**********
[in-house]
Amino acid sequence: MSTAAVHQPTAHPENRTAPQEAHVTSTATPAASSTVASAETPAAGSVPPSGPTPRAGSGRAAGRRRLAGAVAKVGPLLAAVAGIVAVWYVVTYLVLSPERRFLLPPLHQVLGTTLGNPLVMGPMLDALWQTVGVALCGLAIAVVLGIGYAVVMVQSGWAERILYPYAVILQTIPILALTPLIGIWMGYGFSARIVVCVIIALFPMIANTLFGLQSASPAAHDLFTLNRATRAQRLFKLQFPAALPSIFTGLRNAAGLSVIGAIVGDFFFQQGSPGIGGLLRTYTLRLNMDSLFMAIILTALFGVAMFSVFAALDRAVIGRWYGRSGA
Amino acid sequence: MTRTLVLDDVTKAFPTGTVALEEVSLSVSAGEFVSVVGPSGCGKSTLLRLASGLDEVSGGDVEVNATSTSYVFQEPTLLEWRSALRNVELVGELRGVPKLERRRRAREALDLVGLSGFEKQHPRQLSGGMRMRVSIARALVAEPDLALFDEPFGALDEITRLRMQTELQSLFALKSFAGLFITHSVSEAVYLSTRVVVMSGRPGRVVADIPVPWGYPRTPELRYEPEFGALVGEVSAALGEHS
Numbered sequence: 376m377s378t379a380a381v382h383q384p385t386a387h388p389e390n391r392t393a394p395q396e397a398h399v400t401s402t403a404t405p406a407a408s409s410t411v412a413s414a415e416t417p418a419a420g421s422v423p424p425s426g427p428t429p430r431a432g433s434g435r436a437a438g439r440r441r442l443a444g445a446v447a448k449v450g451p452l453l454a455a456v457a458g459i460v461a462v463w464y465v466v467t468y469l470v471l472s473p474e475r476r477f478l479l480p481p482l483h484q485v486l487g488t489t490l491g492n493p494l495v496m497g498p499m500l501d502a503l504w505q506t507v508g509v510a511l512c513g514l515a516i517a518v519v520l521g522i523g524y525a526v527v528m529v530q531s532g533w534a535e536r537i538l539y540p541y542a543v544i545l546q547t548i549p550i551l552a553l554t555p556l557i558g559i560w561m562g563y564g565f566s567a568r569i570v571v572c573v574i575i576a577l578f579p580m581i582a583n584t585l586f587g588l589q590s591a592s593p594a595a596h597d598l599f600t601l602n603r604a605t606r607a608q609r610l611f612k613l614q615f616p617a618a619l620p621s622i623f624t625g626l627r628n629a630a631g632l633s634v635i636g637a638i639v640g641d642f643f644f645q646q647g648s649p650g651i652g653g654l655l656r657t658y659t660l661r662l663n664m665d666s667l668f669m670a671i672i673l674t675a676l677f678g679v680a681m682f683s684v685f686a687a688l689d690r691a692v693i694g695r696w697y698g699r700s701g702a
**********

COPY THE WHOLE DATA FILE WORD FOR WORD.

[in-house]
Amino acid sequence: MSTAAVHQPTAHPENRTAPQEAHVTSTATPAASSTVASAETPAAGSVPPSGPTPRAGSGRAAGRRRLAGAVAKVGPLLAAVAGIVAVWYVVTYLVLSPERRFLLPPLHQVLGTTLGNPLVMGPMLDALWQTVGVALCGLAIAVVLGIGYAVVMVQSGWAERILYPYAVILQTIPILALTPLIGIWMGYGFSARIVVCVIIALFPMIANTLFGLQSASPAAHDLFTLNRATRAQRLFKLQFPAALPSIFTGLRNAAGLSVIGAIVGDFFFQQGSPGIGGLLRTYTLRLNMDSLFMAIILTALFGVAMFSVFAALDRAVIGRWYGRSGA
Amino acid sequence: MTRTLVLDDVTKAFPTGTVALEEVSLSVSAGEFVSVVGPSGCGKSTLLRLASGLDEVSGGDVEVNATSTSYVFQEPTLLEWRSALRNVELVGELRGVPKLERRRRAREALDLVGLSGFEKQHPRQLSGGMRMRVSIARALVAEPDLALFDEPFGALDEITRLRMQTELQSLFALKSFAGLFITHSVSEAVYLSTRVVVMSGRPGRVVADIPVPWGYPRTPELRYEPEFGALVGEVSAALGEHS
Numbered sequence: 376m377s378t379a380a381v382h383q384p385t386a387h388p389e390n391r392t393a394p395q396e397a398h399v400t401s402t403a404t405p406a407a408s409s410t411v412a413s414a415e416t417p418a419a420g421s422v423p424p425s426g427p428t429p430r431a432g433s434g435r436a437a438g439r440r441r442l443a444g445a446v447a448k449v450g451p452l453l454a455a456v457a458g459i460v461a462v463w464y465v466v467t468y469l470v471l472s473p474e475r476r477f478l479l480p481p482l483h484q485v486l487g488t489t490l491g492n493p494l495v496m497g498p499m500l501d502a503l504w505q506t507v508g509v510a511l512c513g514l515a516i517a518v519v520l521g522i523g524y525a526v527v528m529v530q531s532g533w534a535e536r537i538l539y540p541y542a543v544i545l546q547t548i549p550i551l552a553l554t555p556l557i558g559i560w561m562g563y564g565f566s567a568r569i570v571v572c573v574i575i576a577l578f579p580m581i582a583n584t585l586f587g588l589q590s591a592s593p594a595a596h597d598l599f600t601l602n603r604a605t606r607a608q609r610l611f612k613l614q615f616p617a618a619l620p621s622i623f624t625g626l627r628n629a630a631g632l633s634v635i636g637a638i639v640g641d642f643f644f645q646q647g648s649p650g651i652g653g654l655l656r657t658y659t660l661r662l663n664m665d666s667l668f669m670a671i672i673l674t675a676l677f678g679v680a681m682f683s684v685f686a687a688l689d690r691a692v693i694g695r696w697y698g699r700s701g702a